Plot development is often compared to climbing a mountain or riding a roller coaster. Students really relate to the roller coaster analogy. Here is how it works:
The Plot Development Roller Coaster
When you first get on the roller coaster a voice over a loudspeaker gives background information such as when the coaster was built, how long the ride will last, or how high or fast you will be traveling. The exposition also gives background information. It is the introduction of the story. The exposition contains the setting and introduces the main characters. Readers need this information to understand a story.Continue Reading
The setting of a story includes the time and location in which the story takes place. Most students can easily say this story takes place at the beach or the moon or Alaska or wherever. Many students can also pinpoint the time: the past, present, or future. However, often students do not realize that the setting also provides important clues to the plot.
Information to Use in Classroom Discussions
Setting and Attitude
Where characters live often contributes to their personalities. Different settings influence a character’s values or attitude. Continue Reading
Teaching character traits is a must. When students know what details to look for in characters in literature, they will better understand the text and will become better writers as well. This post provides student-friendly definitions. It also gives some teaching ideas with handouts to try out in the classroom.
When writing a story, an author usually begins with physical descriptions of the characters. The author must then go a step further to describe the personality of each of the characters. The characters need to have both positive and negative qualities to make them seem realistic. Good authors do not simply list character traits. They show the personalities of the characters through actions.Continue Reading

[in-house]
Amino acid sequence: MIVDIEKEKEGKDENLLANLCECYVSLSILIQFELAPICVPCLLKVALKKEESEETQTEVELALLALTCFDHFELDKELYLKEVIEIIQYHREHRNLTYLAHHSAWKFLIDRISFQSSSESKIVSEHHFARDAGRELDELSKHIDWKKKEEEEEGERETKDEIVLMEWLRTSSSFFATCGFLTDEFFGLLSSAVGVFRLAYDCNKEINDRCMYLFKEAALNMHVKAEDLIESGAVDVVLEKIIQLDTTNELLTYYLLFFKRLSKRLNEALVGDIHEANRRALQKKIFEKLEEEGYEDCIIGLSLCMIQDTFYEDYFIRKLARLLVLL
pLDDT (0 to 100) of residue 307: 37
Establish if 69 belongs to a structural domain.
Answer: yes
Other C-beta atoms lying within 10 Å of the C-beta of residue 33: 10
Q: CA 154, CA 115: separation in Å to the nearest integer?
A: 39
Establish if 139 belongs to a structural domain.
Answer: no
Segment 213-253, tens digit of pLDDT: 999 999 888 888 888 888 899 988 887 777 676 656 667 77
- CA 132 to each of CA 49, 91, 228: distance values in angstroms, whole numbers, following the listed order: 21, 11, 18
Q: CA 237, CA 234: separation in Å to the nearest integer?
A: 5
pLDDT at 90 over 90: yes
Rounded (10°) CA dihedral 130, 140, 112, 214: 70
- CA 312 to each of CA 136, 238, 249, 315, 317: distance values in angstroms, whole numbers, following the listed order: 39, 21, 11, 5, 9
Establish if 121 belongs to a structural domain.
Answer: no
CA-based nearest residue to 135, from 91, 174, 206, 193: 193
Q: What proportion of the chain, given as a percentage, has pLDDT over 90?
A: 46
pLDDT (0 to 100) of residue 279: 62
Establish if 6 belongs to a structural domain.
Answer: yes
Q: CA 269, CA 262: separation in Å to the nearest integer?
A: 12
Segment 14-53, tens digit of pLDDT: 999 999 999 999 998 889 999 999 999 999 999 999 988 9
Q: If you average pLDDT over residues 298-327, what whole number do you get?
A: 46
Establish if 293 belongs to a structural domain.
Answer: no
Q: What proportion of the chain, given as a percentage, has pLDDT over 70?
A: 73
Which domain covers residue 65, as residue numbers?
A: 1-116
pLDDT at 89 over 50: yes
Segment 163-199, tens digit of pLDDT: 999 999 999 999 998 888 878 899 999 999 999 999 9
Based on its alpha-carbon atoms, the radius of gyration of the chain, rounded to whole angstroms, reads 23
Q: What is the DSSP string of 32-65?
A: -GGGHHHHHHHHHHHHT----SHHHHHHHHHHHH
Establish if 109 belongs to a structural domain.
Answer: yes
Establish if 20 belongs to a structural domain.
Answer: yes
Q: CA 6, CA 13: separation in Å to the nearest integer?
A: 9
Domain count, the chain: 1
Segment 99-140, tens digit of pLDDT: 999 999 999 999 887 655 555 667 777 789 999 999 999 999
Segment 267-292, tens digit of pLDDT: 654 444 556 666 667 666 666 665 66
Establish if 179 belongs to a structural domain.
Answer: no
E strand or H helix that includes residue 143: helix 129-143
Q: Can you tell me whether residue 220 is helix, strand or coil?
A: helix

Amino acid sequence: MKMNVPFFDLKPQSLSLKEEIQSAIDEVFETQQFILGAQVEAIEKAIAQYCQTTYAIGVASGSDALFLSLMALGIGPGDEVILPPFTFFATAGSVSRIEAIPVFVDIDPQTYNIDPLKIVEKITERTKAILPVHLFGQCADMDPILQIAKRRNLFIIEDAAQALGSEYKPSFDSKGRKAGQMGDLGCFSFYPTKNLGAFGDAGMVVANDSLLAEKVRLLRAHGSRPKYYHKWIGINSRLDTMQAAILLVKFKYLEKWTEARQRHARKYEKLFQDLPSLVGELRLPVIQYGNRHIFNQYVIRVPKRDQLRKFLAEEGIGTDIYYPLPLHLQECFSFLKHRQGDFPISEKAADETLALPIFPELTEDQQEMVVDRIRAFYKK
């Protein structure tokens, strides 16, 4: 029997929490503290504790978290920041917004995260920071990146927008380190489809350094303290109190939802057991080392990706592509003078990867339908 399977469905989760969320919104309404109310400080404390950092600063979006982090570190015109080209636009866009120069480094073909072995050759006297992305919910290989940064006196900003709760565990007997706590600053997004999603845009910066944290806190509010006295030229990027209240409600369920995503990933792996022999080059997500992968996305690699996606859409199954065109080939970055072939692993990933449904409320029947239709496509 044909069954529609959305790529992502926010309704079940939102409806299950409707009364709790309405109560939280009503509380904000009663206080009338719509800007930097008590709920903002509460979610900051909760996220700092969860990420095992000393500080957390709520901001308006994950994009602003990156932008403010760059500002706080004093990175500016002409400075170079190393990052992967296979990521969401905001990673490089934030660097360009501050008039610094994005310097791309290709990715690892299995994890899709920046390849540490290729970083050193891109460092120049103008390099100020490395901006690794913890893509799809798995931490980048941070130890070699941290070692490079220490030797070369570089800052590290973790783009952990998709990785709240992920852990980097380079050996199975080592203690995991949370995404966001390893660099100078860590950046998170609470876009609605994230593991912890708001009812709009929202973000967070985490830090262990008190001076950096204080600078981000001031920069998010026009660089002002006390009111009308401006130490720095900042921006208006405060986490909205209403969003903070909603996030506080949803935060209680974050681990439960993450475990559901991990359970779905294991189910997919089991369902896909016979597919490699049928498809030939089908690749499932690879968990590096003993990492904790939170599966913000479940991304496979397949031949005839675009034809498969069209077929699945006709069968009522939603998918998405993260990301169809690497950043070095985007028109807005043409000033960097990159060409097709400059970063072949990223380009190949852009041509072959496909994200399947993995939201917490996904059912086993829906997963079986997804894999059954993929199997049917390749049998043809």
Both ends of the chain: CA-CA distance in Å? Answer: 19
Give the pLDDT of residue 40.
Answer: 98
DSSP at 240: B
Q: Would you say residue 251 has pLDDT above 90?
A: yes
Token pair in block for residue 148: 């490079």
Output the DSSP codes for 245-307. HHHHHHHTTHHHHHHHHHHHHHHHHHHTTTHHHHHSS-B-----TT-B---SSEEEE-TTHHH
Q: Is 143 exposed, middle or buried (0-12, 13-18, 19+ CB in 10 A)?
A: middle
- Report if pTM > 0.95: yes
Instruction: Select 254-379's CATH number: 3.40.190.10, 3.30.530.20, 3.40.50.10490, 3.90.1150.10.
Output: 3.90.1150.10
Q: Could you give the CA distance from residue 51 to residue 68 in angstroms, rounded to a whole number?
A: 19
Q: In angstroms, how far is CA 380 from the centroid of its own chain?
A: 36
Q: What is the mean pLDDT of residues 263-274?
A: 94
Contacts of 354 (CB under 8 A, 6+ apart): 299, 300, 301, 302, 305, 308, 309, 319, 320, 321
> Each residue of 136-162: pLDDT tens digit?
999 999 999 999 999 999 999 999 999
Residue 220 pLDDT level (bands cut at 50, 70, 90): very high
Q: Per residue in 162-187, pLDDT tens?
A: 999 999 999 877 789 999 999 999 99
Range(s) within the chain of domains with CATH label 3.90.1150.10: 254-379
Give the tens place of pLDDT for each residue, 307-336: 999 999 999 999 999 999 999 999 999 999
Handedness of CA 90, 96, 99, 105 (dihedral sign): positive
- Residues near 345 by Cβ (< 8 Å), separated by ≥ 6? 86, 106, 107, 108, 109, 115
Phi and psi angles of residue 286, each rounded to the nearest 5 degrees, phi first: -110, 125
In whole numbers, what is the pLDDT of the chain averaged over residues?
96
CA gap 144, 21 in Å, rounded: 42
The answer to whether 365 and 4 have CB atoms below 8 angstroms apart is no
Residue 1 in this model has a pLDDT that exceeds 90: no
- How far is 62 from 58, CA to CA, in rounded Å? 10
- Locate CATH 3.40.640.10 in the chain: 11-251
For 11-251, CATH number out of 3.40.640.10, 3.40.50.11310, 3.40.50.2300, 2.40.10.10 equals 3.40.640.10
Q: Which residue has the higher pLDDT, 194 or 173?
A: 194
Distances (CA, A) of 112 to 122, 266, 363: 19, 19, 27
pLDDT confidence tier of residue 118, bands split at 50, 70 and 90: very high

Story mapping is a strategy that uses graphic organizers to help students break down the text of a novel or short story. These visual representations help students examine different components of the story. Creating a story map improves students’ comprehension because they can more easily visualize the framework of a story.
Creating a story map helps students practice a large number of Common Core skills as well.Continue Reading
By learning root words, students can better understand language. Learning just a few root words can increase word knowledge ten-fold. This post includes both free materials and ideas to make learning fun. Begin with this idea…
Root words are often associated with trees. Make a root word tree by drawing a tree shape. Near the base of the tree, write a root word and its meaning. In the branches of the tree, write as many words as you can think of that are created using the root word.Continue Reading